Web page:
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Steffey Insurance > Uncategorized  > Preparing Your Vehicle for Cold Weather

Preparing Your Vehicle for Cold Weather

Preparing your car for cold weather can be a great way to ensure less troubles as the temperatures get colder and colder.  For many of us, our car sits outside for some portion, if not all, of the day.  Vehicles are built to work in cold temperatures, however preventative maintenance can mitigate potential issues that could arise.  Central Insurance details seven ways you can prepare your vehicle as the temperatures keep dropping.

  1. Tire pressure.The air pressure in your tires decreases about 1 psi for every 10 degree drop in temperature. By keeping the tires properly inflated, you’ll not only maintain good fuel mileage, but will prevent under-inflation which can lead to tire failure and a potential accident.
  2. Belts and hoses.Colder temperatures can weaken the rubber from which these parts are made. By checking the integrity of the belts and hoses and replacing them prior to their failure, you’ll help keep yourself from being stranded on the side of the road waiting on the tow truck.
  3. Wipers and wiper fluid.Be sure to fill your windshield wiper fluid tank with anti-freezing wiper fluid. Anti-freezing fluid paired with new wiper blades will allow you to maintain better visibility at all times of the year but especially when ice and road salt or debris can accumulate on your windshield and impair your visibility.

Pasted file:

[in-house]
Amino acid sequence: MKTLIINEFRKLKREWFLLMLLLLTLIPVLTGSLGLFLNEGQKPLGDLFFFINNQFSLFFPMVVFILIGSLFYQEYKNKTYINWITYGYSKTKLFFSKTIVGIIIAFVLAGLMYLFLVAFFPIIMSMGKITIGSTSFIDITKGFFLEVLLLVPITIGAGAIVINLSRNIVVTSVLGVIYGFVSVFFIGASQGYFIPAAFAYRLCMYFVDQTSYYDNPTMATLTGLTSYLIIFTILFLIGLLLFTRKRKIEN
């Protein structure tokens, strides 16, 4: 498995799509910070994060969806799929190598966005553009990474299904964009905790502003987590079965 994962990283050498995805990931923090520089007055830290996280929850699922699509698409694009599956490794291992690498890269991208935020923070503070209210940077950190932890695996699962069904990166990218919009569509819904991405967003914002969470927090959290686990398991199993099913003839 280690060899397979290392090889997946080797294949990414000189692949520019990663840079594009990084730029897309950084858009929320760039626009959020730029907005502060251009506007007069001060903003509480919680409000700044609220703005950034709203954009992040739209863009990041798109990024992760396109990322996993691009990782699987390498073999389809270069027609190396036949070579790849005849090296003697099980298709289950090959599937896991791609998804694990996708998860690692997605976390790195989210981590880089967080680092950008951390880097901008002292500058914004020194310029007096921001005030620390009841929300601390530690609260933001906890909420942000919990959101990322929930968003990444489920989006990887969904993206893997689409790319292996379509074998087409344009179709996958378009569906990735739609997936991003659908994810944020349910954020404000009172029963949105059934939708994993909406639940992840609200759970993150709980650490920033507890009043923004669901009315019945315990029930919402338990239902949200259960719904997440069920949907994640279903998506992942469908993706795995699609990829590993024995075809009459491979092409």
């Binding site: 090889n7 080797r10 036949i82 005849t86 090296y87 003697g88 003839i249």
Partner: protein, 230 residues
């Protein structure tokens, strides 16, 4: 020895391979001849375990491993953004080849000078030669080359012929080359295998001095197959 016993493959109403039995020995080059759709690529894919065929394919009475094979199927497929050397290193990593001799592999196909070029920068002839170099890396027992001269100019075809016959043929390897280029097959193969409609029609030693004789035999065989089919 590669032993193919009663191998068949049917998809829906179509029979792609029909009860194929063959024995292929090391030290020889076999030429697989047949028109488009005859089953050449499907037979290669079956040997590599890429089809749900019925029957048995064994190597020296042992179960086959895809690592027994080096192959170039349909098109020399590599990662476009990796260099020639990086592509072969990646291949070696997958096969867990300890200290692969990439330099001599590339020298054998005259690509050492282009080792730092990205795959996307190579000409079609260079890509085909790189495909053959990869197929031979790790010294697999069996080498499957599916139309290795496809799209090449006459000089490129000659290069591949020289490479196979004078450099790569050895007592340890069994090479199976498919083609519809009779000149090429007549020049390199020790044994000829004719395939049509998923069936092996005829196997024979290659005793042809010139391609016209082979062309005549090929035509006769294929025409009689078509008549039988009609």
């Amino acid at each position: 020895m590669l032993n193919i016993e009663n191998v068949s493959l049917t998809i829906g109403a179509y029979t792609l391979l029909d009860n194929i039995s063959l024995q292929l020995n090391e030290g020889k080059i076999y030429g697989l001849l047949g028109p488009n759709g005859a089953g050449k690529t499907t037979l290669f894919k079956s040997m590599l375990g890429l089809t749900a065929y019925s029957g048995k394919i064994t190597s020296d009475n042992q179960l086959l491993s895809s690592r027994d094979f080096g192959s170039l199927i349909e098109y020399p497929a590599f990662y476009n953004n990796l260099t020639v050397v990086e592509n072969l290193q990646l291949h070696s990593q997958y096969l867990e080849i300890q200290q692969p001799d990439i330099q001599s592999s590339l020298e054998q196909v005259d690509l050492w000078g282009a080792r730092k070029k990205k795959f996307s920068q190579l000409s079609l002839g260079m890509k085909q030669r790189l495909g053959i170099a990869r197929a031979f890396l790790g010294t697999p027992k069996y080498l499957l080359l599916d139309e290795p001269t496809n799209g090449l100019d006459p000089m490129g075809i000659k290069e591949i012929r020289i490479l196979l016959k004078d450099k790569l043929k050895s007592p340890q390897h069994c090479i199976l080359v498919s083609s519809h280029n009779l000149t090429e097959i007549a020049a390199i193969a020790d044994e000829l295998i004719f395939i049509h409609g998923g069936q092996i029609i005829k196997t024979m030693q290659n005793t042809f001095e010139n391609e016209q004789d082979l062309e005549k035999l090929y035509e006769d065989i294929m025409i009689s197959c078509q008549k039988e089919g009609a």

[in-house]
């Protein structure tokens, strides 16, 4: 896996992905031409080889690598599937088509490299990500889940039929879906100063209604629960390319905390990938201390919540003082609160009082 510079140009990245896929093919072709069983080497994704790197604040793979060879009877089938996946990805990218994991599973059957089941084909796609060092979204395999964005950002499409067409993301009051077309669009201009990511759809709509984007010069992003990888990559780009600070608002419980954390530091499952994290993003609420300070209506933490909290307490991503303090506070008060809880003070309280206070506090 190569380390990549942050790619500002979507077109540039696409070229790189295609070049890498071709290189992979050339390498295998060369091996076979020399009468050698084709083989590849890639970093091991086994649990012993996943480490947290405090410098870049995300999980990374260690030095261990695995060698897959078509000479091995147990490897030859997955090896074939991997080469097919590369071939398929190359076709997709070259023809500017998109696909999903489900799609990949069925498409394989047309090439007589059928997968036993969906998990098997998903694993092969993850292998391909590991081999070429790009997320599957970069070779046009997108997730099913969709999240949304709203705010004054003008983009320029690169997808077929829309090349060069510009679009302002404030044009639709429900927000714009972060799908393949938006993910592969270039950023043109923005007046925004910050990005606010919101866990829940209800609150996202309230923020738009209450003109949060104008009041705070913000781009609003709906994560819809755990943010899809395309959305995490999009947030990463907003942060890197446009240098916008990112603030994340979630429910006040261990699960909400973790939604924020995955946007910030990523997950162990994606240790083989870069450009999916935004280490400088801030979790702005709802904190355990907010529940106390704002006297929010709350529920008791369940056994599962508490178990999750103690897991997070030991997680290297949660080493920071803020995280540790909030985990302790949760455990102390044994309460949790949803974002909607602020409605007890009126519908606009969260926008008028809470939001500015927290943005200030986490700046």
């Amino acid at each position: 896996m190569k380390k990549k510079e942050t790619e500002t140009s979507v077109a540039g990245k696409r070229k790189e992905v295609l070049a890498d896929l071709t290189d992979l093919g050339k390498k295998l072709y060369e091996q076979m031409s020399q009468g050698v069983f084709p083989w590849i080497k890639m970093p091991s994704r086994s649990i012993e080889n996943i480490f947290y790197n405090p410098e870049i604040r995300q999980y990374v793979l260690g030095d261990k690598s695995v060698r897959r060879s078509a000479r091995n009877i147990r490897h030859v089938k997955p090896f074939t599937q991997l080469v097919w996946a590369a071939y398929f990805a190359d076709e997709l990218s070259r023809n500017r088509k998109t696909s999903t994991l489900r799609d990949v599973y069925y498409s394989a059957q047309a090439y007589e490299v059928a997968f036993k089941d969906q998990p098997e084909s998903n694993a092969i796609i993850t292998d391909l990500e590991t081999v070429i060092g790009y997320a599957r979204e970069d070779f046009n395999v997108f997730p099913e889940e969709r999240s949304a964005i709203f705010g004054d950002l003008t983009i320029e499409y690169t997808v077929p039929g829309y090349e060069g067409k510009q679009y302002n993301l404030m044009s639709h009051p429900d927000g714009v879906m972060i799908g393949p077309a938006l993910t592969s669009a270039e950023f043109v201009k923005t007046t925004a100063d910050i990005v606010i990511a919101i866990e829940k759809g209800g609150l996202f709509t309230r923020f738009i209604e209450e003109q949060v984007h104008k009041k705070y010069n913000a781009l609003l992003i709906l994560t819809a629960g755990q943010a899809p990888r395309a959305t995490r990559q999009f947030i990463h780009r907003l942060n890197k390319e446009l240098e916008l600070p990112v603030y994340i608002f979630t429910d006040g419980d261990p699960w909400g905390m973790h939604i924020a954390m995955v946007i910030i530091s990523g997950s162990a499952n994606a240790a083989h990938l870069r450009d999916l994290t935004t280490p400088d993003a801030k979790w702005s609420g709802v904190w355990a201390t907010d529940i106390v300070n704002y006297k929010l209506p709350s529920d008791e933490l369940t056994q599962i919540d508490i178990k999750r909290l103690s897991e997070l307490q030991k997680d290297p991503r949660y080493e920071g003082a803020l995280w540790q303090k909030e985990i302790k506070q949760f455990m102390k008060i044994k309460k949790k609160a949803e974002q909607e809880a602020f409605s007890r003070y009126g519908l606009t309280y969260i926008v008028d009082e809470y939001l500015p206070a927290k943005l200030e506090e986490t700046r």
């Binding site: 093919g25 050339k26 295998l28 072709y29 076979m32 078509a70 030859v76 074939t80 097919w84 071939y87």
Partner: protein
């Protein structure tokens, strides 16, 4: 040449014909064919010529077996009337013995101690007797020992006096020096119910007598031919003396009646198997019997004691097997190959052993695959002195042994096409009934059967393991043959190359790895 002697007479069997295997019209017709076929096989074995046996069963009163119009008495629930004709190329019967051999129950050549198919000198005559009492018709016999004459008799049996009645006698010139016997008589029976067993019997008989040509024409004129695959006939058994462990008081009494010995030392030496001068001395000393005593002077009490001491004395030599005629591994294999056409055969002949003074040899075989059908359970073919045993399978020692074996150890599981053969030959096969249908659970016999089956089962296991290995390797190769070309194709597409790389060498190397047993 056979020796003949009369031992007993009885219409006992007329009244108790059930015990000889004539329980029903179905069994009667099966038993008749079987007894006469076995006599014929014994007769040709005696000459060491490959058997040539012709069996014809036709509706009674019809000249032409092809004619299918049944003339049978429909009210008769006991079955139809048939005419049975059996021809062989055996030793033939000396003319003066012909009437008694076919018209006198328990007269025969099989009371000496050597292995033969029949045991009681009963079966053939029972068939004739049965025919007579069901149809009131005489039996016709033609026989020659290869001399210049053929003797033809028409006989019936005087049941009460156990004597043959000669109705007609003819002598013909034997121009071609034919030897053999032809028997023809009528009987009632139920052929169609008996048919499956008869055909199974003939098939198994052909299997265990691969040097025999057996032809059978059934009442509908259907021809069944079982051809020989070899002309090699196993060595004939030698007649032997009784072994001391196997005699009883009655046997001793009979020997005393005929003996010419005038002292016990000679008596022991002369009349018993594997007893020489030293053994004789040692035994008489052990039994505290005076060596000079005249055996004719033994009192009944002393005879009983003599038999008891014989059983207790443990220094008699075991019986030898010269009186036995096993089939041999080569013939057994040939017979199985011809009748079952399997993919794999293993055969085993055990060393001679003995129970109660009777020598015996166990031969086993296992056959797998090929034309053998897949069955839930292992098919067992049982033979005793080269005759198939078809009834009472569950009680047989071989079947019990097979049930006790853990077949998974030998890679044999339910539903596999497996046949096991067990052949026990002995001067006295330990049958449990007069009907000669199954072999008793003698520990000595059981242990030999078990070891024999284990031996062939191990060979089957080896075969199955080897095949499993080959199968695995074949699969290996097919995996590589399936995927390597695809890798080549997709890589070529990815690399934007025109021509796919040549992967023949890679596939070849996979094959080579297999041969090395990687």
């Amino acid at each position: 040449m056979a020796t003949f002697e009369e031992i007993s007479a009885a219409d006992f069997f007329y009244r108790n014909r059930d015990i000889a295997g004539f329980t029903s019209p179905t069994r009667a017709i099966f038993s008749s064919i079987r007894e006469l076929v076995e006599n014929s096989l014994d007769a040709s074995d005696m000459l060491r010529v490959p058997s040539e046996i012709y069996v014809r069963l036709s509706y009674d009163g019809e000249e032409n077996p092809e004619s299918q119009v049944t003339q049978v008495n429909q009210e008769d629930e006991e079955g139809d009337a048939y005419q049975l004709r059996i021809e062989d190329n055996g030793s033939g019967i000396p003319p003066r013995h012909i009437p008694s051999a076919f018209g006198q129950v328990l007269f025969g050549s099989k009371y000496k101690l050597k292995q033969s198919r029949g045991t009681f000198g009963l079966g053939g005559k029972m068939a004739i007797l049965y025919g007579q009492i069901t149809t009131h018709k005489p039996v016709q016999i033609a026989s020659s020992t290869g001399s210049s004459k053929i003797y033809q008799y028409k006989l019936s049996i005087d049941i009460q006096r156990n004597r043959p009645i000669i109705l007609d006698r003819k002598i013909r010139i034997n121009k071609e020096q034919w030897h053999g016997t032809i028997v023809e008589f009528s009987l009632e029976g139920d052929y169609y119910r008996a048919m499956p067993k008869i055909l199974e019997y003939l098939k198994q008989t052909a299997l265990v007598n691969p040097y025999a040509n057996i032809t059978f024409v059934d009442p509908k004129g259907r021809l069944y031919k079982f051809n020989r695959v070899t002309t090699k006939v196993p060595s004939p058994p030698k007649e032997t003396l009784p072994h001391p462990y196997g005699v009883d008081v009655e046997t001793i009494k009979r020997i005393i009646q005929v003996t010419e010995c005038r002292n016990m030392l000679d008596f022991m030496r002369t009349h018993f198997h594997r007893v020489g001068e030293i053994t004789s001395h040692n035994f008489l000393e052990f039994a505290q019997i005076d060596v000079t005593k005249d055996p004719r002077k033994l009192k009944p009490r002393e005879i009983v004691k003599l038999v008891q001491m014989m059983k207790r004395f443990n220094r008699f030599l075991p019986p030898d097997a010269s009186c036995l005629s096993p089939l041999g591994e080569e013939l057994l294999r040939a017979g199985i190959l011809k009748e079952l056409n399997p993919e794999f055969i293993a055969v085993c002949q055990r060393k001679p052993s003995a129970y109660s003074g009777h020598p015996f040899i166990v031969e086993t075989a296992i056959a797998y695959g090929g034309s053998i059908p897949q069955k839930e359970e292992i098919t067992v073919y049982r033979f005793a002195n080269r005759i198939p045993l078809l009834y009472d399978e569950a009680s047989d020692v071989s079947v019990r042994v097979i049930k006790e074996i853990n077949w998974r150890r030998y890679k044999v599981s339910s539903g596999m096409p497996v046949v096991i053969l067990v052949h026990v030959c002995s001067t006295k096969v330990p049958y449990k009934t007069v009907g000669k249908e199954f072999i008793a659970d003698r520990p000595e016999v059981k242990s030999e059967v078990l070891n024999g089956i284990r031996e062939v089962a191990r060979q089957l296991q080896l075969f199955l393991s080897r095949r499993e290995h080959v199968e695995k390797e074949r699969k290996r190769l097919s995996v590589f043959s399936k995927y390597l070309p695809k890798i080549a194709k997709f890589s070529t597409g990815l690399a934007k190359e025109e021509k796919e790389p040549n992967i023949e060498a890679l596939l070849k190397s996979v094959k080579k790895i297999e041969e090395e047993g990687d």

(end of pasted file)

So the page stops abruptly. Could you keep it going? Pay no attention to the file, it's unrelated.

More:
4. Engine coolant.Check your coolant to ensure it is at the right level in order to prevent costly engine repairs. Coolant not only prevents overheating in the summer and freezing in the winter, but it also consists of anti-corrosive properties which prevents the accumulation of rust in the engine.
  5. Engine oil.Check to make sure it’s at the appropriate level and you have the right oil viscosity in the engine designed for colder temperatures. The colder the outside temperatures and the thicker the oil, the slower it flows. This can lead to premature damage due to increased friction when starting your engine.
  6. Battery.Extremely cold temperatures can kill a car battery about as easily as with extreme heat. The older a battery, the more susceptible it is to surrendering to cold temperatures. Check the age of the battery. If it’s close to or over five years old, consider replacing it. This will likely save you a major inconvenience as batteries typically fail at the worst possible time.
  7. Emergency kit.Consider creating an emergency kit consisting of jumper cables, flashlight, road flare, basic tools, and a thermal blanket. These items can help rescue you in the event that trouble with your vehicle occurs.

 

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Thomas Edney
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